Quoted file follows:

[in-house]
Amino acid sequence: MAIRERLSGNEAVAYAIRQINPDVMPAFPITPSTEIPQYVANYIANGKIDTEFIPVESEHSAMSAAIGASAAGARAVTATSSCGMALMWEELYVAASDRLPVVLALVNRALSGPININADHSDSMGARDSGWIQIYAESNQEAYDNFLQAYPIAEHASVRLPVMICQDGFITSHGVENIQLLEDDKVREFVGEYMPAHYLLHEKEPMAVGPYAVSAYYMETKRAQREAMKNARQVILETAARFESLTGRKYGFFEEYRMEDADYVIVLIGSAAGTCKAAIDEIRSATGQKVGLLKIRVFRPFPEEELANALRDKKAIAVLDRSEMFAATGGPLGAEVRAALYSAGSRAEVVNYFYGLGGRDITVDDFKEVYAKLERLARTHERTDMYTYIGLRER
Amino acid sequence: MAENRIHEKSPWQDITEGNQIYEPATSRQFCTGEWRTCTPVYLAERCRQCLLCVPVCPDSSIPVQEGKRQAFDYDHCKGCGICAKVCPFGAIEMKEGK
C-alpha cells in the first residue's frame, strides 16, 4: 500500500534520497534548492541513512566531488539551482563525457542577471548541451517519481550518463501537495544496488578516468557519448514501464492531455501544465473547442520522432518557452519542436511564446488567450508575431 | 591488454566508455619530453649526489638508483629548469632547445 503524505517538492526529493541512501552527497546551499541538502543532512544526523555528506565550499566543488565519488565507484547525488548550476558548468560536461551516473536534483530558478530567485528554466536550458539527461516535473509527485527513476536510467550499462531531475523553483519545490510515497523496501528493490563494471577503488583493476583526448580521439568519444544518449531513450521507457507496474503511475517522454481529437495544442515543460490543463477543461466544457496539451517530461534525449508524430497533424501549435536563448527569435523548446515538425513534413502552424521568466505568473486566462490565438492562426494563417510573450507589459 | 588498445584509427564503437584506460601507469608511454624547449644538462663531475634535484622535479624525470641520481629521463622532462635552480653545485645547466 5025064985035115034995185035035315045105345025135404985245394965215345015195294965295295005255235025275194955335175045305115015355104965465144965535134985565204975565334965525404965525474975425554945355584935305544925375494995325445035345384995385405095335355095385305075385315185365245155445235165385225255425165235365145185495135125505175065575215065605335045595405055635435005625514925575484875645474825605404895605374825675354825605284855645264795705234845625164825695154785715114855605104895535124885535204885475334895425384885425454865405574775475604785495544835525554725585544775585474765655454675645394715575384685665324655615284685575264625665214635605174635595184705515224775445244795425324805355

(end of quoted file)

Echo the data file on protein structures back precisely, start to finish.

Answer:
[in-house]
Amino acid sequence: MAIRERLSGNEAVAYAIRQINPDVMPAFPITPSTEIPQYVANYIANGKIDTEFIPVESEHSAMSAAIGASAAGARAVTATSSCGMALMWEELYVAASDRLPVVLALVNRALSGPININADHSDSMGARDSGWIQIYAESNQEAYDNFLQAYPIAEHASVRLPVMICQDGFITSHGVENIQLLEDDKVREFVGEYMPAHYLLHEKEPMAVGPYAVSAYYMETKRAQREAMKNARQVILETAARFESLTGRKYGFFEEYRMEDADYVIVLIGSAAGTCKAAIDEIRSATGQKVGLLKIRVFRPFPEEELANALRDKKAIAVLDRSEMFAATGGPLGAEVRAALYSAGSRAEVVNYFYGLGGRDITVDDFKEVYAKLERLARTHERTDMYTYIGLRER
Amino acid sequence: MAENRIHEKSPWQDITEGNQIYEPATSRQFCTGEWRTCTPVYLAERCRQCLLCVPVCPDSSIPVQEGKRQAFDYDHCKGCGICAKVCPFGAIEMKEGK
C-alpha cells in the first residue's frame, strides 16, 4: 500500500534520497534548492541513512566531488539551482563525457542577471548541451517519481550518463501537495544496488578516468557519448514501464492531455501544465473547442520522432518557452519542436511564446488567450508575431 | 591488454566508455619530453649526489638508483629548469632547445 503524505517538492526529493541512501552527497546551499541538502543532512544526523555528506565550499566543488565519488565507484547525488548550476558548468560536461551516473536534483530558478530567485528554466536550458539527461516535473509527485527513476536510467550499462531531475523553483519545490510515497523496501528493490563494471577503488583493476583526448580521439568519444544518449531513450521507457507496474503511475517522454481529437495544442515543460490543463477543461466544457496539451517530461534525449508524430497533424501549435536563448527569435523548446515538425513534413502552424521568466505568473486566462490565438492562426494563417510573450507589459 | 588498445584509427564503437584506460601507469608511454624547449644538462663531475634535484622535479624525470641520481629521463622532462635552480653545485645547466 5025064985035115034995185035035315045105345025135404985245394965215345015195294965295295005255235025275194955335175045305115015355104965465144965535134985565204975565334965525404965525474975425554945355584935305544925375494995325445035345384995385405095335355095385305075385315185365245155445235165385225255425165235365145185495135125505175065575215065605335045595405055635435005625514925575484875645474825605404895605374825675354825605284855645264795705234845625164825695154785715114855605104895535124885535204885475334895425384885425454865405574775475604785495544835525554725585544775585474765655454675645394715575384685665324655615284685575264625665214635605174635595184705515224775445244795425324805355